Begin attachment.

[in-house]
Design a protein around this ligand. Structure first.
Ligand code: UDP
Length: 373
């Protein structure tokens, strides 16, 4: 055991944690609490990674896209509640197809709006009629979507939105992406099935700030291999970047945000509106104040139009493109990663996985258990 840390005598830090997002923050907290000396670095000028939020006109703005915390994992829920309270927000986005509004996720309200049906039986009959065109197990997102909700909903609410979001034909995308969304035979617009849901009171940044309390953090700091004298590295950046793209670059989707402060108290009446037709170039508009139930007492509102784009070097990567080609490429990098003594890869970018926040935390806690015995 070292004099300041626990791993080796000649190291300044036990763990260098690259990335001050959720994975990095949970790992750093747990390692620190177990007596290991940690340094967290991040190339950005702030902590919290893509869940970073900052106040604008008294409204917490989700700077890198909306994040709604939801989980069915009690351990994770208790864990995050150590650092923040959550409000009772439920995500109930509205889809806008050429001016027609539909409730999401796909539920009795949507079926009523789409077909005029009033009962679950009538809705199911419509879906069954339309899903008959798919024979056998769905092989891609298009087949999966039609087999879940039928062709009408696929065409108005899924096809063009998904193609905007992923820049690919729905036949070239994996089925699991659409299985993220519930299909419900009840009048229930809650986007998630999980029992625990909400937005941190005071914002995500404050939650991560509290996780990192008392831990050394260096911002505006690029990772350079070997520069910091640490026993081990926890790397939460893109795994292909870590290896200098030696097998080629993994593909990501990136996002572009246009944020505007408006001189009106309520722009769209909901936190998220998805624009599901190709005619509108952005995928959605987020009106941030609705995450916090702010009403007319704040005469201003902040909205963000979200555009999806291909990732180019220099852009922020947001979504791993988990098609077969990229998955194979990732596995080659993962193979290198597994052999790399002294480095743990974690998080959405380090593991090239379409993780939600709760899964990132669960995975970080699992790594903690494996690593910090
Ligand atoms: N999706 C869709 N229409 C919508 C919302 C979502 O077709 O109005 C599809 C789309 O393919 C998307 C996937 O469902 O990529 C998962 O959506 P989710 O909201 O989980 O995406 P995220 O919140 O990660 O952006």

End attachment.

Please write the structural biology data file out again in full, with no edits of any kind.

[in-house]
Design a protein around this ligand. Structure first.
Ligand code: UDP
Length: 373
């Protein structure tokens, strides 16, 4: 055991944690609490990674896209509640197809709006009629979507939105992406099935700030291999970047945000509106104040139009493109990663996985258990 840390005598830090997002923050907290000396670095000028939020006109703005915390994992829920309270927000986005509004996720309200049906039986009959065109197990997102909700909903609410979001034909995308969304035979617009849901009171940044309390953090700091004298590295950046793209670059989707402060108290009446037709170039508009139930007492509102784009070097990567080609490429990098003594890869970018926040935390806690015995 070292004099300041626990791993080796000649190291300044036990763990260098690259990335001050959720994975990095949970790992750093747990390692620190177990007596290991940690340094967290991040190339950005702030902590919290893509869940970073900052106040604008008294409204917490989700700077890198909306994040709604939801989980069915009690351990994770208790864990995050150590650092923040959550409000009772439920995500109930509205889809806008050429001016027609539909409730999401796909539920009795949507079926009523789409077909005029009033009962679950009538809705199911419509879906069954339309899903008959798919024979056998769905092989891609298009087949999966039609087999879940039928062709009408696929065409108005899924096809063009998904193609905007992923820049690919729905036949070239994996089925699991659409299985993220519930299909419900009840009048229930809650986007998630999980029992625990909400937005941190005071914002995500404050939650991560509290996780990192008392831990050394260096911002505006690029990772350079070997520069910091640490026993081990926890790397939460893109795994292909870590290896200098030696097998080629993994593909990501990136996002572009246009944020505007408006001189009106309520722009769209909901936190998220998805624009599901190709005619509108952005995928959605987020009106941030609705995450916090702010009403007319704040005469201003902040909205963000979200555009999806291909990732180019220099852009922020947001979504791993988990098609077969990229998955194979990732596995080659993962193979290198597994052999790399002294480095743990974690998080959405380090593991090239379409993780939600709760899964990132669960995975970080699992790594903690494996690593910090
Ligand atoms: N999706 C869709 N229409 C919508 C919302 C979502 O077709 O109005 C599809 C789309 O393919 C998307 C996937 O469902 O990529 C998962 O959506 P989710 O909201 O989980 O995406 P995220 O919140 O990660 O952006």